Fulmar (Fulmarus glacialis) has a gull-like appearance, but is closely related to albatrosses. These birds are easily identifiable by the prominent, tubular nostrils on top of their bills. Northern Fulmar breeds in the Aleutians and on coasts and islands of Alaska and Canadian Arctic. Spends winters at sea, in the Pacific Ocean south to California and the Baja Peninsula and in the Atlantic Ocean south to North Carolina; also found in northern Eurasia. The fulmar flies low over the sea on characteristic straight, stiff wings, with shallow wingbeats, gliding and banking to show its white underparts then grey upperparts.
Fulmars are pelagic (meaning they live entirely at sea) except for their breeding months. They will eat almost anything; their natural foods are small fish, squid and crustaceans; but they often take ships’ garbage (fish waste). nests in colonies on oceanic cliffs. They became very numerous in waters of the North Atlantic, possibly due to the increase in waste available from trawlers gutting fishes at sea . The Norse used to call them “foul ghouls” for their pungent-smelling stomach oil, but this evolutionary trait is both a defensive tactice and mid-flight energy source. Flmars will spit a fishy smelling oil at anything (or anyone) that gets too close to their nest. If fulmar oil gets on your clothes, the smell stays there, no matter how often you wash them.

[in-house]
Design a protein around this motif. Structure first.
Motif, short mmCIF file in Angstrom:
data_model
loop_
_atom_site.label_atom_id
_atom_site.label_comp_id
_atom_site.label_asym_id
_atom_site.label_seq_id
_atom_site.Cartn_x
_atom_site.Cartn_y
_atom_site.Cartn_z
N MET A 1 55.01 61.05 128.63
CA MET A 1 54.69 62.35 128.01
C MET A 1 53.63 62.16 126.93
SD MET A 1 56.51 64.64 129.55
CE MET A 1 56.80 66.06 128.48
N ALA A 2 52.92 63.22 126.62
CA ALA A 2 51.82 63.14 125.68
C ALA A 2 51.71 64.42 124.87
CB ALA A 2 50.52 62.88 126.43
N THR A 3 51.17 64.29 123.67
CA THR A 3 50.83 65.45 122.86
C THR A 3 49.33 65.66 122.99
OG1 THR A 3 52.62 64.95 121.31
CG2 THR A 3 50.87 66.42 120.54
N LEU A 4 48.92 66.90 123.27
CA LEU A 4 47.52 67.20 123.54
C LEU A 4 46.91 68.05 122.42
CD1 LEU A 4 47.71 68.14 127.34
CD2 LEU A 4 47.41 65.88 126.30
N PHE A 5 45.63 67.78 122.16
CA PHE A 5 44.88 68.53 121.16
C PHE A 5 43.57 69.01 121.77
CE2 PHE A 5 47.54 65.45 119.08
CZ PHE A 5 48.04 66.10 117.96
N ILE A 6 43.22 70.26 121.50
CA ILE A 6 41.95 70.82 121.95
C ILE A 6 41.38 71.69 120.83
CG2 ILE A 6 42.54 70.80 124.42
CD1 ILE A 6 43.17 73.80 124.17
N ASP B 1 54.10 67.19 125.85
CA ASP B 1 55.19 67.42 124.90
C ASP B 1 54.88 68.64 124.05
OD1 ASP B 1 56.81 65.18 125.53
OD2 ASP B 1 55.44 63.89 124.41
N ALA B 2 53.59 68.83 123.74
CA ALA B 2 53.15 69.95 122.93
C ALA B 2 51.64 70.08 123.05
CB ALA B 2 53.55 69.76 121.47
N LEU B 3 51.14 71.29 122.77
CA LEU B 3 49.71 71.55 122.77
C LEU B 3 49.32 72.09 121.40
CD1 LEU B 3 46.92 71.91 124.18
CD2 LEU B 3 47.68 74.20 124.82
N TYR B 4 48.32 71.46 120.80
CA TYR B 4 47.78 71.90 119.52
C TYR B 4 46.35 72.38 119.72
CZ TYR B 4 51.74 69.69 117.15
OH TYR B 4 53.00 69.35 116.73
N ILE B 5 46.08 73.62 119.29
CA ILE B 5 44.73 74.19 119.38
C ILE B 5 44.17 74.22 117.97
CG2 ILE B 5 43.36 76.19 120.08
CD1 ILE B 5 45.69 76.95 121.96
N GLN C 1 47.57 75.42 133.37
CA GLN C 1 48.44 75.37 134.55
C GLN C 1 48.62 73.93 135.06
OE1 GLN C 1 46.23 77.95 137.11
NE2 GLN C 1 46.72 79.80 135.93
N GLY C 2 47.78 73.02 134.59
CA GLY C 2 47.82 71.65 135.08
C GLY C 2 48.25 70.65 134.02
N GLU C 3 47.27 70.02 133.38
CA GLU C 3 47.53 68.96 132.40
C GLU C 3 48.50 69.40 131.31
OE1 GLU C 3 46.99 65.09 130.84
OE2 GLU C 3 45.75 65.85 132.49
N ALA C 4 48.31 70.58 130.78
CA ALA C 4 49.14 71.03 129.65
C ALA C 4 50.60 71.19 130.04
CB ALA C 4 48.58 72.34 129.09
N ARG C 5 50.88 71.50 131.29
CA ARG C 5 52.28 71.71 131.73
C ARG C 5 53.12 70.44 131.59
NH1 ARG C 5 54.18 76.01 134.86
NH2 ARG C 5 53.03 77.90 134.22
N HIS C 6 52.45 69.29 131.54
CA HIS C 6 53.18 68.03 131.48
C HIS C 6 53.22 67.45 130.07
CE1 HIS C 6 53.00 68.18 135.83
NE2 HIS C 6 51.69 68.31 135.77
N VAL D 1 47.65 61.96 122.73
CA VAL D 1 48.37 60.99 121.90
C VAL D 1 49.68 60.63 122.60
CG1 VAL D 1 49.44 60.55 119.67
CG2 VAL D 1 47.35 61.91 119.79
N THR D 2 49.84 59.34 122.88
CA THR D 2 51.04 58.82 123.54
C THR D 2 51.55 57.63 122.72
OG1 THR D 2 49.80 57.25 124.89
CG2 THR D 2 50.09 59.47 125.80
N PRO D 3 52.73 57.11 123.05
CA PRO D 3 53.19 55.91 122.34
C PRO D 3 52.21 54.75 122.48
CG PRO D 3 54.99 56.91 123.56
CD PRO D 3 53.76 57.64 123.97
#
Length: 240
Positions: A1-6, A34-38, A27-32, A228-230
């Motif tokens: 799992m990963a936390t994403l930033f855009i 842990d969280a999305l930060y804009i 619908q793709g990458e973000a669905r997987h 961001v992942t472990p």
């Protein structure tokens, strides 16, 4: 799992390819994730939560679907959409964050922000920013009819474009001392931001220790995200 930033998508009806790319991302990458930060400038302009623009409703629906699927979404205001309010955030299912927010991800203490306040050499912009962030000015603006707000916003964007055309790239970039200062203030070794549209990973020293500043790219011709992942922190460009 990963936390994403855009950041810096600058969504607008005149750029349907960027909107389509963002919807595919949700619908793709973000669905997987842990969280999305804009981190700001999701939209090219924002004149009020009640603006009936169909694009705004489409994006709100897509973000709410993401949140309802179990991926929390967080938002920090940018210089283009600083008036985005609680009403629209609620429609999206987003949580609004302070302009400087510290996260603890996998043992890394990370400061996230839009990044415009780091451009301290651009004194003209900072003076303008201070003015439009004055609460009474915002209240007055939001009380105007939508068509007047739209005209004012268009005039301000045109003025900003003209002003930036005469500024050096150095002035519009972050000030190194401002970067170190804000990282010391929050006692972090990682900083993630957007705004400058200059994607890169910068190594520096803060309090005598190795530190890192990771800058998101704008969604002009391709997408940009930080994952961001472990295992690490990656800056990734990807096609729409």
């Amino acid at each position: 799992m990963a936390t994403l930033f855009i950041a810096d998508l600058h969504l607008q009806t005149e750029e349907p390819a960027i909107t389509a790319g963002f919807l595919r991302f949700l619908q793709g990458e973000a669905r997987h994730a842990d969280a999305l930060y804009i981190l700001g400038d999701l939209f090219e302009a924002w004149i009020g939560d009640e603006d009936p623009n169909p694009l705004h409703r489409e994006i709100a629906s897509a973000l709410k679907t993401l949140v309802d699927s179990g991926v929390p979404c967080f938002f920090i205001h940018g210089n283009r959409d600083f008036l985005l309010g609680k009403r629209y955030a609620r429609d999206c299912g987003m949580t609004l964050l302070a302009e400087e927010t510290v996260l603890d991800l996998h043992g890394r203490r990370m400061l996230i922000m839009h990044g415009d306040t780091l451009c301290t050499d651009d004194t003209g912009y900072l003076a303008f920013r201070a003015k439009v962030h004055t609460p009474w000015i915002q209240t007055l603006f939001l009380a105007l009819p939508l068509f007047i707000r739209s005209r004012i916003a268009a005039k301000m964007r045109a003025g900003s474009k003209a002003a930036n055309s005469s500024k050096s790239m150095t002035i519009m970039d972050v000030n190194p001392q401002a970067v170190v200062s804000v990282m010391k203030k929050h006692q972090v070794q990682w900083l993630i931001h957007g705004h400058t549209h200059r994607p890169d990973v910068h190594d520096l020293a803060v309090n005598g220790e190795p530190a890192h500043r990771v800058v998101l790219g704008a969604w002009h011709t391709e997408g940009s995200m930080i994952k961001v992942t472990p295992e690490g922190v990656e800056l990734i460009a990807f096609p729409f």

Fulmars have incredibly large nares and very well developed olfactory centres (the part of the brain that deals with the sense of smell). hey can smell fish oils from up to 25 kilometres.